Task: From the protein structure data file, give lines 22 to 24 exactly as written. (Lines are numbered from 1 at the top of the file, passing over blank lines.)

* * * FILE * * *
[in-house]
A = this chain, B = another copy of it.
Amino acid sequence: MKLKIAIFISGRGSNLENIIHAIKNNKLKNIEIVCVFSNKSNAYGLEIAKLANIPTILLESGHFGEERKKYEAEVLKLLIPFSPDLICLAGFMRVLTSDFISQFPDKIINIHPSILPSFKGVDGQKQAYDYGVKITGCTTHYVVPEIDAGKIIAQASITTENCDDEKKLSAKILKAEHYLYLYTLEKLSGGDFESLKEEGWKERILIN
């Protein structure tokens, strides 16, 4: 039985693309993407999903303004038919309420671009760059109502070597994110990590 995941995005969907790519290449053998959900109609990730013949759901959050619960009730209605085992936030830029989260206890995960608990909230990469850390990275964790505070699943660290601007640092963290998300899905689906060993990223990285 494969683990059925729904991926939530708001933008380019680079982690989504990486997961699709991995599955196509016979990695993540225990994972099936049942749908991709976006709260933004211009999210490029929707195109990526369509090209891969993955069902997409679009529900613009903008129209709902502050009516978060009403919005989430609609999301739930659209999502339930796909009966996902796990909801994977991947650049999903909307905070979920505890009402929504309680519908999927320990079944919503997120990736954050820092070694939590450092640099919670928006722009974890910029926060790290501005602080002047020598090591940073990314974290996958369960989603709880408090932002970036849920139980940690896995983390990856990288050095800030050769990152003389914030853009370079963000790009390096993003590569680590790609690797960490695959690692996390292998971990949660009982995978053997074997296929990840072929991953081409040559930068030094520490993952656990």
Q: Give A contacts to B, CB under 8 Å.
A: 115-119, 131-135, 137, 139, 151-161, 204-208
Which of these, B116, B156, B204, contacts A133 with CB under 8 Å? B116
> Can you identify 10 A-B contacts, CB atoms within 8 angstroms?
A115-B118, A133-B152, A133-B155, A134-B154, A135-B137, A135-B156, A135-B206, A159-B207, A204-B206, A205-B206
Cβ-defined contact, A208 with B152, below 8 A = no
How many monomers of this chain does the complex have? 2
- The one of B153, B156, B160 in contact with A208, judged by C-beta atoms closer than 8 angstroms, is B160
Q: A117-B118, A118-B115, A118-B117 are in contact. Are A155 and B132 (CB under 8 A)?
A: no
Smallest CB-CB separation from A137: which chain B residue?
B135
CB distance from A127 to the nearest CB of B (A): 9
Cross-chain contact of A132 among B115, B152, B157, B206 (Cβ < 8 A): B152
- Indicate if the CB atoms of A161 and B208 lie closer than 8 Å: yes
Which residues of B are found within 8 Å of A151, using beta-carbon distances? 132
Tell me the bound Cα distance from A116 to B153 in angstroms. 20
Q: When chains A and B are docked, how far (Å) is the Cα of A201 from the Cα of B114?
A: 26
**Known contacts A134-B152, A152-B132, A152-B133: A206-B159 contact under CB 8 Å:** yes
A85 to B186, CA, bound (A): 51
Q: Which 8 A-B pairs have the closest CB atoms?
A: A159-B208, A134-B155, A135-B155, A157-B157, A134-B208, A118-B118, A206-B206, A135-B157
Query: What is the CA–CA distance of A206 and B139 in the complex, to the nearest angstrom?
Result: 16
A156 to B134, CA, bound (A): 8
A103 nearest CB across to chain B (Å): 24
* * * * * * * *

Q: When chains A and B are docked, how far (Å) is the Cα of A201 from the Cα of B114?
A: 26
**Known contacts A134-B152, A152-B132, A152-B133: A206-B159 contact under CB 8 Å:** yes